The Synchronous Blog

A blog about reactive programming languages.

Posts Tagged ‘real-time

Interrupt Service Routines in Céu

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An Interrupt Service Routine (ISR) executes in reaction to an asynchronous hardware request, interrupting the ongoing computation in the CPU.
As an example, in an Arduino, whenever the USART subsystem receives a byte from the serial line, the CPU execution is redirected to the “USART_RX interrupt vector”, which is a predefined memory address containing the ISR to handle the byte received.
Only after the ISR returns that the interrupted computation resumes.

ISRs are often associated with a high-priority functionality that cannot wait long.
Complementing the USART example, if the execution of the ISR is too much delayed, some received bytes can be lost.

Likewise, the execution of an ISR should never take long, because other interrupts will not trigger in the meantime (although it is possible to nest ISRs).
For this reason, a typical USART ISR simply stores received bytes in a buffer so that the program can handle them afterwards.

ISRs in Céu:

Céu has primitive support for ISRs, which are declared similarly to functions.
However, instead of a name identifier, an ISR declaration requires a number that refers to the index in the interrupt vector for the specific platform.

When an interrupt occurs, not only the ISR executes, but Céu also enqueues the predefined event OS_INTERRUPT passing the ISR index.
This mechanism allows the time-critical operation associated with the interruption to be handled in the ISR, but encourage non-critical operations to be postponed and respect the event queue, which might already be holding events that occurred before the interruption.

The code snippets that follow is part of an USART driver for the Arduino.
The driver emits a READ output event to signal a received byte to other applications (i.e. they are awaiting READ).
The ISR just hold incoming bytes in a queue, while the main body is responsible for signaling each byte to all applications (in a lower priority).

/* variables to manage the buffer */

var byte[SZ] rxs;                   // buffer to hold received bytes
var u8 rx_get;                      // position to get the oldest byte
var u8 rx_put;                      // position to put the newest byte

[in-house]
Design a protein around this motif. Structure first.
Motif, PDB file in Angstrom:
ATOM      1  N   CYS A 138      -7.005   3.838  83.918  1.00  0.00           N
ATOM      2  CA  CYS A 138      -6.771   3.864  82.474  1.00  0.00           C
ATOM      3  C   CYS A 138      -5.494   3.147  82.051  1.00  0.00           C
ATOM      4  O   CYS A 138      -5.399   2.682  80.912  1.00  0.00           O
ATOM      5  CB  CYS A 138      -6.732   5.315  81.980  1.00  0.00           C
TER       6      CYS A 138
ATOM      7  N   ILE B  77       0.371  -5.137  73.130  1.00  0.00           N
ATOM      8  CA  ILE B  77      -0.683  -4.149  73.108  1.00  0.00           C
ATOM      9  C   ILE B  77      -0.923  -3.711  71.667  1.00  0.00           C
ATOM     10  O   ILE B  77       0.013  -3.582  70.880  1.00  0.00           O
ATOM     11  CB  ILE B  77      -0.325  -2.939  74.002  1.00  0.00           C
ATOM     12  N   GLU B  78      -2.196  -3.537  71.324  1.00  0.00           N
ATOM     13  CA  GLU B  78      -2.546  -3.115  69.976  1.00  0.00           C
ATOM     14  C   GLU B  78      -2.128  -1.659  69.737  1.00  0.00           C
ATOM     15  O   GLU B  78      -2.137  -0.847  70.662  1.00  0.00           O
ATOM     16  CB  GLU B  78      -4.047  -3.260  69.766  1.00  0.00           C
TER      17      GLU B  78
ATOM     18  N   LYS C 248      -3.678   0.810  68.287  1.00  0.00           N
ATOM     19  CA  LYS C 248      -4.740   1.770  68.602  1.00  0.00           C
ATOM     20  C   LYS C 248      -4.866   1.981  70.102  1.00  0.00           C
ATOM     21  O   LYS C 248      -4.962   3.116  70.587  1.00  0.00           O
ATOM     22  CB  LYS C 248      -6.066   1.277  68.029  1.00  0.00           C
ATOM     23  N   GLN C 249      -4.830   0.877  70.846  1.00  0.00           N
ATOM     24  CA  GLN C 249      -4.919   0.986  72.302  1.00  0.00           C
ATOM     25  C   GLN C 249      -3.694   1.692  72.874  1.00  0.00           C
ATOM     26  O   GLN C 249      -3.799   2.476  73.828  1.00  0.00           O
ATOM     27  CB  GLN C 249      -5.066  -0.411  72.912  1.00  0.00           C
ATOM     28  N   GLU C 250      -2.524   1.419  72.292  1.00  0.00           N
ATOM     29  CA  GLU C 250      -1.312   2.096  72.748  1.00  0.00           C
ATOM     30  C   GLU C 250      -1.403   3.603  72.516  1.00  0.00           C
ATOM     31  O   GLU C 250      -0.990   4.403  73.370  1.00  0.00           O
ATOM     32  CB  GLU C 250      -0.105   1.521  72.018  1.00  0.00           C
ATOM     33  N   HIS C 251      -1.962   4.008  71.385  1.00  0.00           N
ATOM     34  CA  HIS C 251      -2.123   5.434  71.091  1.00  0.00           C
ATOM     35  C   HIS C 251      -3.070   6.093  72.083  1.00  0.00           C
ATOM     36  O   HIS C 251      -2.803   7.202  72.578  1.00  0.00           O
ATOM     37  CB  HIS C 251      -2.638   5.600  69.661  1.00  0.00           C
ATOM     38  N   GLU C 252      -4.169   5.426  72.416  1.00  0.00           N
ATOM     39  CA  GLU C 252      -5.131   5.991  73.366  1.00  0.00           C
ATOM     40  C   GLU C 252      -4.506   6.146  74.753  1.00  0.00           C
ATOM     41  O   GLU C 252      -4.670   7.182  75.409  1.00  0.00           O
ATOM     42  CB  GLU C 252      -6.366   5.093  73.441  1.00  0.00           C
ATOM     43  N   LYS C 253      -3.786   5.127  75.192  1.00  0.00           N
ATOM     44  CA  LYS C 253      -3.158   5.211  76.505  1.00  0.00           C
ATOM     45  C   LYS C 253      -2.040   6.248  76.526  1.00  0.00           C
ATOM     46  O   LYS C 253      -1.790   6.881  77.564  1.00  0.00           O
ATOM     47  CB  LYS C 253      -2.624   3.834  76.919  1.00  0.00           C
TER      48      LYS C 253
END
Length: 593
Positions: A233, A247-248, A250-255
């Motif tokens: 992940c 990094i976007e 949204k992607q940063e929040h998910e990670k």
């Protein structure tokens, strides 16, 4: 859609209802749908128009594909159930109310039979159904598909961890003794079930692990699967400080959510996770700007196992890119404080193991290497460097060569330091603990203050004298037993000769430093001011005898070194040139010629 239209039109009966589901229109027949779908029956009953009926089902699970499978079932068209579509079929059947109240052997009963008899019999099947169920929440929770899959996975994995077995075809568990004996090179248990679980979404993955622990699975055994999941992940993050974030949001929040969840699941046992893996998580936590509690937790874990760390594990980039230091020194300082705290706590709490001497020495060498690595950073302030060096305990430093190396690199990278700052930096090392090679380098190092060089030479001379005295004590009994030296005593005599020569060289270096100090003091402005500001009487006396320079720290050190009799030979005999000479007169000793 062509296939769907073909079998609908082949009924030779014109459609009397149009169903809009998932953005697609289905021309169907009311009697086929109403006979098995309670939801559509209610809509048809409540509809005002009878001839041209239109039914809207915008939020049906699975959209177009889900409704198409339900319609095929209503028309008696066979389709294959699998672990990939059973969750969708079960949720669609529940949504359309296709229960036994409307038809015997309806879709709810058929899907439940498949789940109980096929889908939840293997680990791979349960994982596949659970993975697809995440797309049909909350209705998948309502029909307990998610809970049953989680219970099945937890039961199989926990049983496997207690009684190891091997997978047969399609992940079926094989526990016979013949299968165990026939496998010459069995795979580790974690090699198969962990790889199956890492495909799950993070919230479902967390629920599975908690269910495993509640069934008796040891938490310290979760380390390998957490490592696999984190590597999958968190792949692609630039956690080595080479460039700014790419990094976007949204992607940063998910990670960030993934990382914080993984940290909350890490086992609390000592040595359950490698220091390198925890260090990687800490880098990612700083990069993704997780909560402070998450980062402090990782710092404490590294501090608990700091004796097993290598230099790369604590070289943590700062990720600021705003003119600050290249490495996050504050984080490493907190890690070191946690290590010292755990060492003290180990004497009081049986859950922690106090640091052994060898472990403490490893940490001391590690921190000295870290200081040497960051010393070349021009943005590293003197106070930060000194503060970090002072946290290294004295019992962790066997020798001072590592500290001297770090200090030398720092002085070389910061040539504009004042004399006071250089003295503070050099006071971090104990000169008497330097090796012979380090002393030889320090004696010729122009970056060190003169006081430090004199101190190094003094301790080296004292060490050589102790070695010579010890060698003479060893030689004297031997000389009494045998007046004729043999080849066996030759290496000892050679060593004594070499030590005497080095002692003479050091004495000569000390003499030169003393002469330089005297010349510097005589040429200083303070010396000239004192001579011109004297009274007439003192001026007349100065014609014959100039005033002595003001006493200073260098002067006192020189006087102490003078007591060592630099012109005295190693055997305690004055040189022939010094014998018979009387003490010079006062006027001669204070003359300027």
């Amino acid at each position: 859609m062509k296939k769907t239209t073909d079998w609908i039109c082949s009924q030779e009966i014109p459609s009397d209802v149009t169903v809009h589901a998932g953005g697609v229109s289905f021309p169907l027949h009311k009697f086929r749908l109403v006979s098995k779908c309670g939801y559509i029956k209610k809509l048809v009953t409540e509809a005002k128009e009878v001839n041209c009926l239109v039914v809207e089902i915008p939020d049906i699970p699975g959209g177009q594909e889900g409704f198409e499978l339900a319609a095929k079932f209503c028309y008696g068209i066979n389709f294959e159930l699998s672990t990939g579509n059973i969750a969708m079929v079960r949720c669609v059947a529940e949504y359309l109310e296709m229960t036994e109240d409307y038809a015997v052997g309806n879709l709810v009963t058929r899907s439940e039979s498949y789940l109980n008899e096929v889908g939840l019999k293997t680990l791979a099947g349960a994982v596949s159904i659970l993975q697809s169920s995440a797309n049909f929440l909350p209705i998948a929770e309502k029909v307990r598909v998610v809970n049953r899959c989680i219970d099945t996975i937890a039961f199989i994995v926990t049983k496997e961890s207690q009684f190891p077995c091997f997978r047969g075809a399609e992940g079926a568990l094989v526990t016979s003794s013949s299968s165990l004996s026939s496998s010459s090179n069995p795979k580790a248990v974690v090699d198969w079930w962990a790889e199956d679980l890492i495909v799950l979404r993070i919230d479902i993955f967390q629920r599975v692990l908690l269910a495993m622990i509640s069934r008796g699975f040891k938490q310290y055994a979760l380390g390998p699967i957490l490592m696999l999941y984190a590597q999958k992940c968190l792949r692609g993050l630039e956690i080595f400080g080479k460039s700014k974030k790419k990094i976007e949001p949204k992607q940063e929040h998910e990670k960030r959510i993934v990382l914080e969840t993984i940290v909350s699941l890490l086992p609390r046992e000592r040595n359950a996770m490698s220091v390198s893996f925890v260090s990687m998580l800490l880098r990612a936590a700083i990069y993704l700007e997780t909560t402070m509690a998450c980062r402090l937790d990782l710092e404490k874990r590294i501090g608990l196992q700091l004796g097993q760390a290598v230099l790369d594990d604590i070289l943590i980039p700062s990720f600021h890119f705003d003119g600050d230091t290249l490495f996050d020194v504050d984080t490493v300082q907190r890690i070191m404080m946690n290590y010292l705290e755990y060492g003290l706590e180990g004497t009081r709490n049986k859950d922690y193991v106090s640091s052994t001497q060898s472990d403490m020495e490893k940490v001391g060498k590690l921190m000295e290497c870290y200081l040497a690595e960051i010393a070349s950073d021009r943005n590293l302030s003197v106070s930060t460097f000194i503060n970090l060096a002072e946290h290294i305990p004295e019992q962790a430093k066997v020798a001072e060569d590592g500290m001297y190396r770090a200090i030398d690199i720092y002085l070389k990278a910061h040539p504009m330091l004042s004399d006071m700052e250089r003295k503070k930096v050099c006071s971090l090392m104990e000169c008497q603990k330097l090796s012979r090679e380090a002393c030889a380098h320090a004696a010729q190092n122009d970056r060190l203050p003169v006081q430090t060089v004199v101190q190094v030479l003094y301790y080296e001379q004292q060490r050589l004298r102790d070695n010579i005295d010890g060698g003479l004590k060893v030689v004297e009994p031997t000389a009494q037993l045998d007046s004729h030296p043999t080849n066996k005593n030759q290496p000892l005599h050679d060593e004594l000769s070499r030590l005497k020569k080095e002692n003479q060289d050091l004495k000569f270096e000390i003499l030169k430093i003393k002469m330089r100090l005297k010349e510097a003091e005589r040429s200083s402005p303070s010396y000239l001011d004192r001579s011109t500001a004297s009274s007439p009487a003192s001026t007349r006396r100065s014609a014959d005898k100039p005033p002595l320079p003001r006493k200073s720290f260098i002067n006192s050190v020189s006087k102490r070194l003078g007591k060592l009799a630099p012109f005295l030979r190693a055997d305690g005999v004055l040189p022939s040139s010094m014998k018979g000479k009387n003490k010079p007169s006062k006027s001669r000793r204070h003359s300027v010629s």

atomic do
   rx_get = 0;                      // initialize get/put
   rx_put = 0;                      // the `atomic´ block disables interrupts
end

/* ISR for receiving byte (index "20" in the manual) */

function isr[20] do
   var u8 put = (rx_put + 1) % SZ;  // next position
   var byte c = _UDR0;              // receive the byte
   if put != rx_get then            // check buffer space
      rxs[rx_put] = c;              // save the received byte
      rx_put = put;                 // update to the next position
   end
end

/* DRIVER body: receive bytes in a loop */

output byte READ;                    // the driver outputs received bytes to applications

loop do
   var int idx = await OS_INTERRUPT
                 until idx==20;      // USART0_RX_vect

   var byte c;                       // hold the received byte
   ...
      atomic do                      // protect the buffer manipulation new interrupts
         c = rxs[rx_get];            // get the next byte
         rx_get = (rx_get + 1) % SZ; // update to the next position
      end
      emit READ => c;                // signal other applications
   ...
end


 

Note how the real-time/high-priority code to store received bytes in the buffer runs in the ISR, while the code that processes the buffer and signal other applications runs in the body of the driver after every occurrence of OS_INTERRUPT.

Given that ISRs share data with and abruptly interrupt the normal execution body, some sort of synchronization between them is necessary.
As a matter of fact, Céu tracks all variables that ISRs access and enforces all other accesses (outside them, in the normal execution body) to be protected with atomic blocks.

Conclusion:

Céu provides primitive support for handling interrupt requests:

  • An ISR is declared similarly to a function, but specifies the interrupt vector index associated with it.